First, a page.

American Alpine Jounrna and Accidents in North American Climbing

Dehydration—Exhaustion, Minor Frostbite, Climbing Too Slowly—Failure to Turn Back, Alaska, Mount McKinley, Messner Couloir

  • Accident Reports
  • Accident Year:
  • Publication Year: 2004


Alaska, Mount McKinley, Messner Couloir

At 0500 on June 3, Jan Markup (27), Petr Hoffman (27) from the Czech Republic, and Camelo Lopez from a Colombian-American expedition, who had asked to climb with the Czechs, left the 14,200-foot camp to attempt the Messner Couloir from which the Czech “Cheechakos” had been turned back by poor snow conditions a few days earlier. They moved very slowly all day and reached the top of the steep part of the couloir approximately 2200. They still had a rocky exit to negotiate but at an easier angle than the main couloir.

On June 4, Natalie Lopez from the Colombian-American team came to the 14,200 foot camp and stated that the party in the Messner Couloir was in difficulties. She was in contact with the party via a talkabout radio. When Ranger Evans contacted Camelo Lopez, he stated that he had frostbitten his feet and was hypothermic but that the other two were ok. At 0256, Evans asked Lopez if they could make it over the top of the Couloir to the Normal West Buttress Route to descend, as no rescue would be able to reach them for at least eight hours. Lopez agreed to try and it was arranged for them to check in every 30 minutes.

At 0338, Jan and Petr stated that Lopez could not move and was not coherent, and that they could not get him any higher up the couloir. They said they would try to get food and water into Lopez and hold their position. At 0414, Jan and Petr stated that Lopez had stopped talking, he has very cold, probably frostbitten, feet, and was in a bad way. They were still trying to get food and water in to him.

At 0426 South District Ranger in Talkeetna was informed of situation. At 0444, Lopez sounded moderately sensible on the radio, stated that his feet were frozen (white and waxy), and that one of the others had frostbite on his hands. They cannot move from their location due to the steepness and their condition.

At 0523, Jan reports that Lopez was deteriorating again. They are still drinking warm liquids but Lopez has vomited. At 0540 Lopez reports that they were having trouble maintaining. An overhead team was assembled in Talkeetna at 0545, and a briefing on the situation given to them.

At 0609, Lopez stated that his legs would not work, and at 0630, Lopez stated that he did not think that they can last more than an hour. They are told to stay focused and to make sure harnesses etc. are on correctly. Asked if Jan and Petr can walk down safely if Lopez is evacuated, they reply that they do not think that they can make it down safely, as they are now cold and exhausted.

At 0700, plans were discussed with Talkeetna for a possible helicopter evacuation. At 0752, rangers at the 14,200 foot camp were still trying to persuade Lopez and Hoffman and Markup to walk. Lopez says pain is still too much to walk and Hoffman and Markup are to exhausted to walk down safely.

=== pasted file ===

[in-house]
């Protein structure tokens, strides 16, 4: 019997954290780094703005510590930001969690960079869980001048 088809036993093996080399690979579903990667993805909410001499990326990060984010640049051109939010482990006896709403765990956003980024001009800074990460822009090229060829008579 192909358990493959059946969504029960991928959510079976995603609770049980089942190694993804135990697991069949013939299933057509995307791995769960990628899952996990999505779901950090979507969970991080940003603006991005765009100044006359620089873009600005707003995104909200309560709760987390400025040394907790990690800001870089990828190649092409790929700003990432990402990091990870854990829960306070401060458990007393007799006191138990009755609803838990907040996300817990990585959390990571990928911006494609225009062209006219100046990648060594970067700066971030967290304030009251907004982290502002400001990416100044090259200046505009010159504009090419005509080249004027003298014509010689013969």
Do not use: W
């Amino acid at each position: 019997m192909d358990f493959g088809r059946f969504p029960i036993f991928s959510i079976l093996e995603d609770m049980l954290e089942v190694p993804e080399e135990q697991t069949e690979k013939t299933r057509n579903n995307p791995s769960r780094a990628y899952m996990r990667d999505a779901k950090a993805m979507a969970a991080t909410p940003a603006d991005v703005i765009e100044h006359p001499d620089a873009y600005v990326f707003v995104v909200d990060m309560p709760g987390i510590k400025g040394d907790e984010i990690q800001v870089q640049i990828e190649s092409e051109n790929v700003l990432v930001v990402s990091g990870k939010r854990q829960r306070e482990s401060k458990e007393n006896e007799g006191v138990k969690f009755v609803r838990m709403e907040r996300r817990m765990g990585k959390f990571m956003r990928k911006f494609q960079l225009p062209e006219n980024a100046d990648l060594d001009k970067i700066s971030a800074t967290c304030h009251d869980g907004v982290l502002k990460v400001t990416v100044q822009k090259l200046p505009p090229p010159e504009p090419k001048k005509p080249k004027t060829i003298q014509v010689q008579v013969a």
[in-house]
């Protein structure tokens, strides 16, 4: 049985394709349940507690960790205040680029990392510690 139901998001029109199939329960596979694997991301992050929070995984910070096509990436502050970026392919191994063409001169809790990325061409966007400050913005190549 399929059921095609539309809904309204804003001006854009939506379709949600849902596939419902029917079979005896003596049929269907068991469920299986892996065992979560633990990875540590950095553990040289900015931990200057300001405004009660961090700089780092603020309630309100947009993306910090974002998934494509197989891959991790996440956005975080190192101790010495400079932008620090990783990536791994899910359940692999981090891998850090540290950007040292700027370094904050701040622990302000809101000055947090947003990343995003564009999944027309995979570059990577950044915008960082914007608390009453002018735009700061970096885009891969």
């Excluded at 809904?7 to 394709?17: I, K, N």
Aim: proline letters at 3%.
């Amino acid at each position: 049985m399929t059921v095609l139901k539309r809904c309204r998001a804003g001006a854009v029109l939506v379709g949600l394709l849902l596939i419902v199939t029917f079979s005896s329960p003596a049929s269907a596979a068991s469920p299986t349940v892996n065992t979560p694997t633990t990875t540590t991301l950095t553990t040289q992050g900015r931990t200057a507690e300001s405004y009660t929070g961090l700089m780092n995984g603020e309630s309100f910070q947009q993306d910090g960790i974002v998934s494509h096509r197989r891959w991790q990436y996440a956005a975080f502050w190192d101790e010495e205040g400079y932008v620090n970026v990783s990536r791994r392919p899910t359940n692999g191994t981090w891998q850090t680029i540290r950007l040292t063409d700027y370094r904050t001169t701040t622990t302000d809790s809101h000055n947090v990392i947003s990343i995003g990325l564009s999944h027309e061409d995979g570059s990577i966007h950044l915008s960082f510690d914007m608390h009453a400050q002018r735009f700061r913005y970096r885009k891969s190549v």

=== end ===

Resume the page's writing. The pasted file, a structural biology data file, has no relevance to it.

At 0936, the Lama takes off from Talkeetna and at 1020 does a reconnaissance flight over the evacuation site and the crew decided to use the rescue basket. At 1051 the Lama picks up Lopez and returns him to Base Camp, then returns twice to pick up Jan and Petr and fly them to Base Camp by 1150.

Patient assessments after arrival at Base Camp: Camelo Lopez—minor frostbite to toes, possible AMS, dehydrated, hypothermic and exhausted. Jan Markup—exhaustion, dehydrated. Petr Hoffman—exhaustion, dehydrated.


This incident was the result of a lot of small mistakes compounding themselves and creating a major problem. Mistakes included adding an extra person to the team at short notice, especially a person of unknown ability; the fact that three people do not move as quickly as two; the fact that each person had only two liters of water and did not stop to make more until problems started; and perhaps most significantly, climbing very slowly (17 hours from camp to the top of the difficulties) and not making a decision to turn around.

Although it is a good idea to have the means to contact other people, in this case “Talkabout” radios, one cannot help but wonder whether this also gives parties an easy way out; that is, to call for rescue sooner than really needed or to continue in the belief that with communication they have a safety net and therefore continue when they should consider turning around. If this party had not had the means to contact the Rangers, would they have been able to get themselves to safety or would things have been made worse? A question we will never be able to answer. However, the Rangers responded (as they should) on the strength of the information (sometimes suspect) received over the radio, asking the helicopter crew to perform a risky operation at an extremely high altitude (19,000 feet), but it could easily have been a ground team at risk executing a potentially hazardous rescue. It is incumbent on all climbers to assess the possibility of self-evacuation/rescue before requesting outside assistance, especially before they even start on a climb as committing and remote as the Messner Couloir.

As a footnote, it is worth noting that the Talkeetna Ranger Station is reviewing its rescue policies. At present it is expected that if a party is rescued, they will not just be allowed to continue climbing, but rather, be returned to Talkeetna for a thorough debrief. This is both to ascertain all the facts of the case and insure the physical well being of all parties concerned. (Source: Ranger John Evans)

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